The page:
More Casinos, Fewer Gamblers?
A study from Iowa finds falling rates of gambling and gambling addiction—despite a growing number of casinos.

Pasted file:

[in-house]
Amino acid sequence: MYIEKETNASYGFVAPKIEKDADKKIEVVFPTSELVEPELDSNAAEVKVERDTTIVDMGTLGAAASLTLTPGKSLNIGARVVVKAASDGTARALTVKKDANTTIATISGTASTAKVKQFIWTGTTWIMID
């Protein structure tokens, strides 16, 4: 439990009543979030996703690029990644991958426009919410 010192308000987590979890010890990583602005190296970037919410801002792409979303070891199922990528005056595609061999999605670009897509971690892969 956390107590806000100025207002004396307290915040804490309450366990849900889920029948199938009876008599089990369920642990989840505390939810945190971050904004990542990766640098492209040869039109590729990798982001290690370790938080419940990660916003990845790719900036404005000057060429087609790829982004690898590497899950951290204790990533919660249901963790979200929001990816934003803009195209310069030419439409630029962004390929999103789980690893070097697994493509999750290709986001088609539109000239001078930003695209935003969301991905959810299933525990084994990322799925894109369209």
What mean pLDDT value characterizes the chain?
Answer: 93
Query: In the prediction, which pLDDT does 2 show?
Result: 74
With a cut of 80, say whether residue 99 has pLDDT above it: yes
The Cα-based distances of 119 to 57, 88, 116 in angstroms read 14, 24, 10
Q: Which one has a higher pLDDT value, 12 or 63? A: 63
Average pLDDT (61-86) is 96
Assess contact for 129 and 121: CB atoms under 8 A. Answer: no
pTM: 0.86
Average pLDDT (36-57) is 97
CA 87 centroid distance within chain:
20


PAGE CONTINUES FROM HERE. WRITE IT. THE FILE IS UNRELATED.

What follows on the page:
Building more casinos may not actually contribute to higher rates of gambling addiction, according to a new University of Iowa study which examined how more casinos have influenced residents' gambling habits. Researchers interviewed 356 residents over age 18 in eastern Iowa and used the South Oaks Gambling Screen (SOGS) to rank their gambling behavior on a five-point scale. They found that despite a recent increase bringing the total number of casinos in the state up to 21, fewer Iowans are gambling—and fewer people have become addicted—since a similar study was conducted in 1995. “It seems society reaches a saturation point beyond which additional gambling opportunities won’t capture more people,” says Dr. Donald Black, a psychiatry professor at UI who has been studying gamblers and gambling habits since the late '90s. The most recent data shows that 83% of Iowans don't gamble, up from 72% in the 1995 survey. And the prevalence of addicted gamblers dropped from 2% in 1995 to 1.4% in the new survey—even though the number of casinos in the state doubled during this time. The number of self-reported gambling addicts remains far higher than the 0.1% reported in 1989 (before any casinos were built). But Black says the findings suggest that “casinos have had a great impact [on problem gamblers], but it has stabilized."